I feel like I’m part of a cool club when I get to charge my restaurant or pub bill to the company card. Big tip? Sure, why not - it’s a write-off anyway, right? Well, those probably are eligible business expenses, but there are a few quirks when claiming meals and entertainment expenses. Tell us more you say? Ok, strap in because it’s about to get wild! ... or at least educational.
When Can You Claim Meals and Entertainment Expenses?
The general rule for claiming meals and entertainment expenses is that they are deductible up to 50% of the total cost when incurred for the purpose of earning income.
For example, if you are taking a customer out for a meal or treating a prospective client to theatre tickets, these expenses could be considered as incurred for the purpose of earning income.
If you forgot to bring your lunch to the office and you order some Tacofino so that you don’t get hangry, that wouldn’t be considered as incurred for the purpose of earning income; that is just a delicious substitution for your homemade lunch.
They’re Deductible at 50% (Most of the Time)
The other piece to the general rule for claiming meals and entertainment costs is that they are only deductible at the lesser of:
50% of the total cost incurred, or
50% of what would be reasonable given the circumstances.
What is reasonable varies depending on the circumstance (and probably depending on who you ask at CRA).
However, there are some cases when the 50% rule does not apply.
Deductible at 100%
Meals and entertainment costs relating to an event held by your organization that all of your employees are invited to attend (Christmas party for example). You can deduct 100% of expenses for up to six events per year.
You bill your client or customer for the cost and show break these costs out on your invoice.
The cost of the meal is included in a travel fee. For example, if you take a ferry and there is a built-in meal with the ticket, the full ticket price is deductible.
If the meal and entertainment expenses are incurred for a fund-raising event held for the benefit of a registered charity.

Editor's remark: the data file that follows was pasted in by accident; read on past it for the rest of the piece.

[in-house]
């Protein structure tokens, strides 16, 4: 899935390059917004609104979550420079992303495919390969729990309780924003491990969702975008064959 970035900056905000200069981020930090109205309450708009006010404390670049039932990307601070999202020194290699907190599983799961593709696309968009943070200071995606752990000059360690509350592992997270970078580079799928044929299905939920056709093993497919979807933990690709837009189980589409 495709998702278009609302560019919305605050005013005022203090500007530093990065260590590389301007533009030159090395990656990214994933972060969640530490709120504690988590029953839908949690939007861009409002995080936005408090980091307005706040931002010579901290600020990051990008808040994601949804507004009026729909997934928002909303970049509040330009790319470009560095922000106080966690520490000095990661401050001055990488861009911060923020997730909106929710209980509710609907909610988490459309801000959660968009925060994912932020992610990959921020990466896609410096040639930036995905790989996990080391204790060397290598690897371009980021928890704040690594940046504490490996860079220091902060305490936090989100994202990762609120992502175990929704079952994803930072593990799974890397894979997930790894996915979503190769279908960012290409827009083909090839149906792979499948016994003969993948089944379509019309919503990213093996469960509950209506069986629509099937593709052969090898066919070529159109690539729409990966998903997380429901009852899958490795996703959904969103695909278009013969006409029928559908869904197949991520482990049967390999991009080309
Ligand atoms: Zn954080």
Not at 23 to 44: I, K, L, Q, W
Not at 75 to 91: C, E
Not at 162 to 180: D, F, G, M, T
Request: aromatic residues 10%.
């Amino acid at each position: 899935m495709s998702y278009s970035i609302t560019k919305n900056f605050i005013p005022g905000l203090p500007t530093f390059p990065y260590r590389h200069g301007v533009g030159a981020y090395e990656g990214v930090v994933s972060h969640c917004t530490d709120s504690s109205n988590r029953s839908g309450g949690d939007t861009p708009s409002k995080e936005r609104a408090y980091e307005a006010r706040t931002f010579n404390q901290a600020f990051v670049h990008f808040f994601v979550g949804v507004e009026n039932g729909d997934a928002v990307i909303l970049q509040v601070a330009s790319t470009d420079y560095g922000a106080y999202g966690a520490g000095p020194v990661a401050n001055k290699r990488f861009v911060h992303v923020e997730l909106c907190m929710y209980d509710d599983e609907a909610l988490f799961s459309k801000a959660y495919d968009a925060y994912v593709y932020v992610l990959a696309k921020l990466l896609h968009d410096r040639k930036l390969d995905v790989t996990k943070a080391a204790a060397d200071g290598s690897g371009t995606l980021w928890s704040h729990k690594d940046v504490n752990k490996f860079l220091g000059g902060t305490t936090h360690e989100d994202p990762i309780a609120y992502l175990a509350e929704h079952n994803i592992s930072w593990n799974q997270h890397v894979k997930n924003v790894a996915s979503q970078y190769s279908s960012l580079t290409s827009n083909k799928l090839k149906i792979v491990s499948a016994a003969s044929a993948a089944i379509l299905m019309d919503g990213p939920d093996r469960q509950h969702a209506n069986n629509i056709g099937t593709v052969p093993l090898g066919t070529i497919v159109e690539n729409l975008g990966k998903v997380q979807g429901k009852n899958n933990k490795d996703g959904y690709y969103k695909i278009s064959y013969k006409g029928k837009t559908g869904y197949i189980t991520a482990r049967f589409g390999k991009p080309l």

A business that regularly provides food, beverages and entertainment for compensation (e.g. restaurant or hotel) can claim 100% of these costs.
Self-employed foot and bicycle couriers can deduct 100% of the cost of the extra food and beverages they must consume in a normal working day (more on this).
Deductible at 80%
Meals and entertainment costs for long-haul truck drivers are deductible at 80% when incurred during an eligible travel period. (More on how this works)
Costs incurred for use of recreation facilities and club dues are not deductible.
The purchase of season tickets for sporting events are not deductible unless satisfactory proof is provided that the tickets are a promotional expense.
Meals claimed while outside a sales territory or on a vacation are generally not deductible as they are not considered to be incurred for the purpose of earning income.
Travel Meals and Entertainment Expenses
Travel costs are eligible to be deducted when incurred to earn income. This could include transportation, accommodations and meals expenses. It is important to note that the same 50% limit applies to the cost of meals, beverages and entertainment when you travel. The costs don’t become fully deductible just because you’re travelling.
The 50% limit also applies to the cost of food and beverages served and entertainment enjoyed when you travel on an airplane, train, or bus when the ticket price does not include such amounts.
It is important to keep records of all business expenses, but there are also some documentation best practices specific to claiming meals and entertainment expenses.
Note down the name of the customer(s) or other persons who were in attendance.
Retain the contact details of the parties that attended the event.
Document the client or business matter to which the meeting or event related.
Keeping this information will help ensure that the expenses can be related to earning income should CRA ever inquire. We find that a product like ReceiptBank works great for this purpose - you can take a photo of your receipt right at the restaurant, add your notes and throw the paper away before you step out the door.